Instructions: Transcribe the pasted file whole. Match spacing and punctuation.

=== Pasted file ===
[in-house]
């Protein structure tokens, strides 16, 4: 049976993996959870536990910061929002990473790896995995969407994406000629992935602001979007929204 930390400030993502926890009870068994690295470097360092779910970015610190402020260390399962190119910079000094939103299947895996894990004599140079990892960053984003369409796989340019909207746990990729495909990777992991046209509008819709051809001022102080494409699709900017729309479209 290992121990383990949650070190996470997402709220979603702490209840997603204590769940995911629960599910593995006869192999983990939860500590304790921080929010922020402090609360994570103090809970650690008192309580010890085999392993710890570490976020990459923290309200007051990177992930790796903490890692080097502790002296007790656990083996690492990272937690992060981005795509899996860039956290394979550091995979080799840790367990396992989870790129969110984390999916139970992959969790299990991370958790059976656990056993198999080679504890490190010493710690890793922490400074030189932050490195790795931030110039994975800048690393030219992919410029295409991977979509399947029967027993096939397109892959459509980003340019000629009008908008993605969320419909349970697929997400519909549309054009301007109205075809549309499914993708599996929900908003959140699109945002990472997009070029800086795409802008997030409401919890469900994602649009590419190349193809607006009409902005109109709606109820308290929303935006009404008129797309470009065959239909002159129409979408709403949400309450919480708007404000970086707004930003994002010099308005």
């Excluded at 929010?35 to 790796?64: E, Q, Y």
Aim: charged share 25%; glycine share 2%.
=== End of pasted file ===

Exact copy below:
[in-house]
């Protein structure tokens, strides 16, 4: 049976993996959870536990910061929002990473790896995995969407994406000629992935602001979007929204 930390400030993502926890009870068994690295470097360092779910970015610190402020260390399962190119910079000094939103299947895996894990004599140079990892960053984003369409796989340019909207746990990729495909990777992991046209509008819709051809001022102080494409699709900017729309479209 290992121990383990949650070190996470997402709220979603702490209840997603204590769940995911629960599910593995006869192999983990939860500590304790921080929010922020402090609360994570103090809970650690008192309580010890085999392993710890570490976020990459923290309200007051990177992930790796903490890692080097502790002296007790656990083996690492990272937690992060981005795509899996860039956290394979550091995979080799840790367990396992989870790129969110984390999916139970992959969790299990991370958790059976656990056993198999080679504890490190010493710690890793922490400074030189932050490195790795931030110039994975800048690393030219992919410029295409991977979509399947029967027993096939397109892959459509980003340019000629009008908008993605969320419909349970697929997400519909549309054009301007109205075809549309499914993708599996929900908003959140699109945002990472997009070029800086795409802008997030409401919890469900994602649009590419190349193809607006009409902005109109709606109820308290929303935006009404008129797309470009065959239909002159129409979408709403949400309450919480708007404000970086707004930003994002010099308005």
């Excluded at 929010?35 to 790796?64: E, Q, Y």
Aim: charged share 25%; glycine share 2%.